So if you're going to refute the fine tuning argument you need offer another explanation other than design, for the fine tuned initial conditions permitting life.

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So if you're going to refute the fine tuning argument you need offer another explanation other than design, for the fine tuned initial conditions permitting life.

 

It's not really unlikely for life to exist. Although it's rare, it's not unlikely. You have to realise just how vast the universe is. Now let's talk numbers, the number of galaxies estimated in the observable universe is around 100 billion (possibly more), that's 100,000,000,000 and inside each of those galaxies there can be around 300 billion stars. The estimated number of stars in the observable universe in total is around three hundred sextillion, or 300,000,000,000,000,000,000,000. Many of those will have planets, many will have multiple planets like our solar system, many of those planets will have moons, and many of those bodies will support life.

 

While life is rare, the sheer magnitude of the universe makes it incredibly likely. It's just that the distances between each object are so vast. The nearest star (just the nearest star) is 39,900,000,000,000 kms away. Life will be found (very soon in fact) throughout the solar system. I don't know if we'll be able to discover life outside of our solar system in the near future, but we will be able to discover and confirm life sustaining planets very, very soon, which will imply the existence of life is very widespread.

 

Now, as for the finely tuned universe, I'm trying to think of an analogy to give you a good perspective:

 

Think of it this way, even a broken watch is right twice a day. If you were to look at that watch only in those 2 seconds of the day when it's right, you're argue it's finely tuned, perfect watch, when in reality it's not. This is the way people look at the universe when they argue it's finely tuned. It's all a matter of perspective.

Edited by bootlegapparel

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If something is rare but still happens, someone must have made it happen.

Oh mah gawd

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So if you're going to refute the fine tuning argument you need offer another explanation other than design, for the fine tuned initial conditions permitting life.

 

It's not really unlikely for life to exist. Although it's rare, it's not unlikely. You have to realise just how vast the universe is. That's just the nearest star. Now let's talk numbers, the number of galaxies estimated in the observable universe is around 100 billion (possibly more), that's 100,000,000,000 and inside each of those galaxies there can be around 300 billion stars. The estimated number of stars in the observable universe in total is around three hundred sextillion, or 300,000,000,000,000,000,000,000. Many of those will have planets, many will have multiple planets like our solar system, many of those planets will have moons, and many of those bodies will support life.

 

While life is rare, the sheer magnitude of the universe makes it incredibly likely. It's just that the distances between each object are so vast. The nearest star (just the nearest star) is 39,900,000,000,000 kms away. Life will be found (very soon in fact) throughout the solar system. I don't know if we'll be able to discover life outside of our solar system in the near future, but we will be able to discover and confirm life sustaining planets very, very soon, which will imply the existence of life is very widespread.

 

Now, as for the finely tuned universe, I'm trying to think of an analogy to give you a good perspective:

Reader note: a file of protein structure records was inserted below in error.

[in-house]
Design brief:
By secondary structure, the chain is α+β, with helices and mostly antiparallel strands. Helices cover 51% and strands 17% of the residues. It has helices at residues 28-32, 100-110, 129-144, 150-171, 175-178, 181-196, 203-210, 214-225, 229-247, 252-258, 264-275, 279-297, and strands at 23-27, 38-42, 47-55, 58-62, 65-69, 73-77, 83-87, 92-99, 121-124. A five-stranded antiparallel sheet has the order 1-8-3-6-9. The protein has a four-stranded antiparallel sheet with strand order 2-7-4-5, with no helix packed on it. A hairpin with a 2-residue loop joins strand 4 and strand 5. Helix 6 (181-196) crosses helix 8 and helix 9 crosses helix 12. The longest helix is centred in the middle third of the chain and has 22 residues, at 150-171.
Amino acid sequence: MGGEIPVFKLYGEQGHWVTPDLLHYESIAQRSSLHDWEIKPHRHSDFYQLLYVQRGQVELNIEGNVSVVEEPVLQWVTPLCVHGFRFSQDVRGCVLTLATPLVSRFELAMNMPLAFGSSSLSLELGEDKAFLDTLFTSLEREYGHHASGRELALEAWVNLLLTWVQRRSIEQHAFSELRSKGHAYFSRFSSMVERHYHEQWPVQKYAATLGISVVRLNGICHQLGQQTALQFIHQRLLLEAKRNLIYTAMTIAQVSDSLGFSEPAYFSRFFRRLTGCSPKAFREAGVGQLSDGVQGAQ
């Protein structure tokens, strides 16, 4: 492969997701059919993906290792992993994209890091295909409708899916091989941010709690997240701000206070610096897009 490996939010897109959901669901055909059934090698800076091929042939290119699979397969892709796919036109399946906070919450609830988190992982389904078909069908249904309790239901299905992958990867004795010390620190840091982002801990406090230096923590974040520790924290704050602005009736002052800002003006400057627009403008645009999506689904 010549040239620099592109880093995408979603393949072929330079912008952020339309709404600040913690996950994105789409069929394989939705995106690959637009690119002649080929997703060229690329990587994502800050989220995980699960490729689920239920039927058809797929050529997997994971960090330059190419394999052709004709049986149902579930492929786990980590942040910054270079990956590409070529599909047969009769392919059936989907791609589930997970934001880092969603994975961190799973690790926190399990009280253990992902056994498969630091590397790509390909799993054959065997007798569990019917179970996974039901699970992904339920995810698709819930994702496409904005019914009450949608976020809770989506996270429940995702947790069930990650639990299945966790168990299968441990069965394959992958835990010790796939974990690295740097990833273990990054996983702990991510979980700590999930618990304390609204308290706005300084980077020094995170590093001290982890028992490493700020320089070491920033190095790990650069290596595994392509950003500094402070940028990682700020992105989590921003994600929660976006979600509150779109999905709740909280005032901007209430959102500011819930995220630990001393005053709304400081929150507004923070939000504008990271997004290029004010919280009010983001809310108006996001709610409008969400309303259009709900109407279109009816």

Think of it this way, even a broken watch is right twice a day. If you were to look at that watch only in those 2 seconds of the day when it's right, you're argue it's finely tuned, perfect watch, when in reality it's not. This is the way people look at the universe when they argue it's finely tuned. It's all a matter of perspective.

 

So your saying, given the size of the Universe its no surprise that life came about somewhere?

 

But your illustrations of how vast the universe are only helping to show how even more unlikely life coming about is. All the odds are stacked against life arising, and yet here we are. You seem to like analogies so I'll give you this one to consider;

 

Imagine your brought before a firing squad, sentenced to death. So the guards bring you out infront of 100 trained shooters. They all aim their guns at your heart, ready, aim, fire! , all the guns go off. But to your amazement you're still alive. You owuld conclude that it was all a conspiracy and they meant to miss. See what i'm getting at?

 

 

Your second point about the watch. I already said that the temporal duration of something existing doesn't discredit whether it was designed or not. The question isn't does the watch work, the question is; Was the watch designed?

 

So, do you have any other explanations for the fine tuning of the life permitting conditions?

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Actually the vastness of the universe makes life arising much more likely. A bigger universe means more possible places for life to arise, a smaller universe means less places.

 

 

Honestly I don't think I'm going to be able to convince you, I'm not the best person to try really, and I'm not an expert in any of these fields.

 

if you have time, have a read of this article on wikipedia, about the Anthropic principle http://en.wikipedia....ropic_principle

 

Also, this is a video by Neil DeGrasse Tyson, a very famous astrophysicist, who will also be presenting the new Cosmos series that should be coming out soon.

 

http://www.youtube.com/watch?v=4238NN8HMgQ

Edited by bootlegapparel

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Actually the vastness of the universe makes life arising much more likely. A bigger universe means more possible places for life to arise, a smaller universe means less places.

 

 

Honestly I don't think I'm going to be able to convince you, I'm not the best person to try really, and I'm not an expert in any of these fields.